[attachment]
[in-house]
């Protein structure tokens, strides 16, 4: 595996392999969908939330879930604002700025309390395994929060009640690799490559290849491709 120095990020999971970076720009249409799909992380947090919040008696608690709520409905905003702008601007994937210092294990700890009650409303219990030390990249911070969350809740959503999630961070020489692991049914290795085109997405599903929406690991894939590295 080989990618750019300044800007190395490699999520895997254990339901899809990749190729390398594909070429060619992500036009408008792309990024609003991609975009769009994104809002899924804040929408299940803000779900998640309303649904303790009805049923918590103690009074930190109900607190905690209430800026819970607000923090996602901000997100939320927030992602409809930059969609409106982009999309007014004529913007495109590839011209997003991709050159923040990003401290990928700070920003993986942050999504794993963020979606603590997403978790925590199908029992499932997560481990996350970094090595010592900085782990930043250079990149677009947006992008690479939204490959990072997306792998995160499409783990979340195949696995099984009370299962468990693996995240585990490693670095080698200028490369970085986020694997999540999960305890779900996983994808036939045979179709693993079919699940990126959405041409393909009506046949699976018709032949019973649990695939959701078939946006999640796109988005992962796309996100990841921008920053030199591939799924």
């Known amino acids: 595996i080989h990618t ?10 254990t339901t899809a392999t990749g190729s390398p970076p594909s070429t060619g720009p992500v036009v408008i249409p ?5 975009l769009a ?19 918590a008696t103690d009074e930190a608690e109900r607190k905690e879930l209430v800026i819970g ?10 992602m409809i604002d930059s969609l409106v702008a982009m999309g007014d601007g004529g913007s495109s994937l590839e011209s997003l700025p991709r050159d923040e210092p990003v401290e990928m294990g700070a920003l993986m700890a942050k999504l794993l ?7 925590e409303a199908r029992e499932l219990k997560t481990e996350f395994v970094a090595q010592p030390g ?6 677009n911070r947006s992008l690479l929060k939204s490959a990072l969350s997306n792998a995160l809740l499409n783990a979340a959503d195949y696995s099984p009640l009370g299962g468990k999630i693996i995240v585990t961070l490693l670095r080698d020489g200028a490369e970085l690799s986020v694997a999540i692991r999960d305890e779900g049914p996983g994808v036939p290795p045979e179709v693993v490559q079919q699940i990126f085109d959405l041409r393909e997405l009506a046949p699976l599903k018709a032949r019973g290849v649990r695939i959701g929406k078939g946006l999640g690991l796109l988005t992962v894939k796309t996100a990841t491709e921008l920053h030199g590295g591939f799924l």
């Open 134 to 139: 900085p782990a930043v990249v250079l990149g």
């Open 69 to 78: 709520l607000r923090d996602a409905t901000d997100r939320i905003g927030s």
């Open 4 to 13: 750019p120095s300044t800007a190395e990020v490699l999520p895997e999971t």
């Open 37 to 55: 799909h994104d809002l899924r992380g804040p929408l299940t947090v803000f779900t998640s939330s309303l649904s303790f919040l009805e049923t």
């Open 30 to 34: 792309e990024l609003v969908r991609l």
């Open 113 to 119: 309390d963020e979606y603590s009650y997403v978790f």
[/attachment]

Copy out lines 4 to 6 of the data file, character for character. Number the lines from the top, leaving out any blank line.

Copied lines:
């Open 134 to 139: 900085p782990a930043v990249v250079l990149g």
């Open 69 to 78: 709520l607000r923090d996602a409905t901000d997100r939320i905003g927030s």
């Open 4 to 13: 750019p120095s300044t800007a190395e990020v490699l999520p895997e999971t």